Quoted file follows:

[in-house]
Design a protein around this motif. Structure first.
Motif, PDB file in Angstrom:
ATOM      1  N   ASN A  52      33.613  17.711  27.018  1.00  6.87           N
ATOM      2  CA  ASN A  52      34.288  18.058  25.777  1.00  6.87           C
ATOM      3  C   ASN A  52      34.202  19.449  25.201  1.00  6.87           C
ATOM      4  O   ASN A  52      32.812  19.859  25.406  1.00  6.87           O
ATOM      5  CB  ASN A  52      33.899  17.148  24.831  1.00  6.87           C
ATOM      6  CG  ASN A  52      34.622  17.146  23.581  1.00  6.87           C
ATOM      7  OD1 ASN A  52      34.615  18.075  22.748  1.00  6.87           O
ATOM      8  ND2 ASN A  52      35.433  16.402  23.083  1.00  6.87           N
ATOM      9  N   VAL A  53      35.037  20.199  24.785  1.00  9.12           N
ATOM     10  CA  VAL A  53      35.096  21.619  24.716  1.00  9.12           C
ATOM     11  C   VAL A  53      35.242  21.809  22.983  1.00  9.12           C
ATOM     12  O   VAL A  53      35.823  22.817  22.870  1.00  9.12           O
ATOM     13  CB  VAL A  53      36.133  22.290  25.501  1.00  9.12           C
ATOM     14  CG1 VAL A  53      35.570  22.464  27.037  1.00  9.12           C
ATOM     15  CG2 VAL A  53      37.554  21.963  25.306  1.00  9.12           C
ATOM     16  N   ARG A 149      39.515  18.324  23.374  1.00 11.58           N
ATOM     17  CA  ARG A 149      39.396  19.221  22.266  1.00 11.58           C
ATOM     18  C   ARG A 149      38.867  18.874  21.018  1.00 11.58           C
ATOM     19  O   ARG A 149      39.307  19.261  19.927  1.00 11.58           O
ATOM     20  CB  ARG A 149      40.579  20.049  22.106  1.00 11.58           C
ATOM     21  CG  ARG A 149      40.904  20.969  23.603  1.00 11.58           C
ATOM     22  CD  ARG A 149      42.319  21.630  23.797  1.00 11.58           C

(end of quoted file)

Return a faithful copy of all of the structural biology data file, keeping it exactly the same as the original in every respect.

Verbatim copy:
[in-house]
Design a protein around this motif. Structure first.
Motif, PDB file in Angstrom:
ATOM      1  N   ASN A  52      33.613  17.711  27.018  1.00  6.87           N
ATOM      2  CA  ASN A  52      34.288  18.058  25.777  1.00  6.87           C
ATOM      3  C   ASN A  52      34.202  19.449  25.201  1.00  6.87           C
ATOM      4  O   ASN A  52      32.812  19.859  25.406  1.00  6.87           O
ATOM      5  CB  ASN A  52      33.899  17.148  24.831  1.00  6.87           C
ATOM      6  CG  ASN A  52      34.622  17.146  23.581  1.00  6.87           C
ATOM      7  OD1 ASN A  52      34.615  18.075  22.748  1.00  6.87           O
ATOM      8  ND2 ASN A  52      35.433  16.402  23.083  1.00  6.87           N
ATOM      9  N   VAL A  53      35.037  20.199  24.785  1.00  9.12           N
ATOM     10  CA  VAL A  53      35.096  21.619  24.716  1.00  9.12           C
ATOM     11  C   VAL A  53      35.242  21.809  22.983  1.00  9.12           C
ATOM     12  O   VAL A  53      35.823  22.817  22.870  1.00  9.12           O
ATOM     13  CB  VAL A  53      36.133  22.290  25.501  1.00  9.12           C
ATOM     14  CG1 VAL A  53      35.570  22.464  27.037  1.00  9.12           C
ATOM     15  CG2 VAL A  53      37.554  21.963  25.306  1.00  9.12           C
ATOM     16  N   ARG A 149      39.515  18.324  23.374  1.00 11.58           N
ATOM     17  CA  ARG A 149      39.396  19.221  22.266  1.00 11.58           C
ATOM     18  C   ARG A 149      38.867  18.874  21.018  1.00 11.58           C
ATOM     19  O   ARG A 149      39.307  19.261  19.927  1.00 11.58           O
ATOM     20  CB  ARG A 149      40.579  20.049  22.106  1.00 11.58           C
ATOM     21  CG  ARG A 149      40.904  20.969  23.603  1.00 11.58           C
ATOM     22  CD  ARG A 149      42.319  21.630  23.797  1.00 11.58           C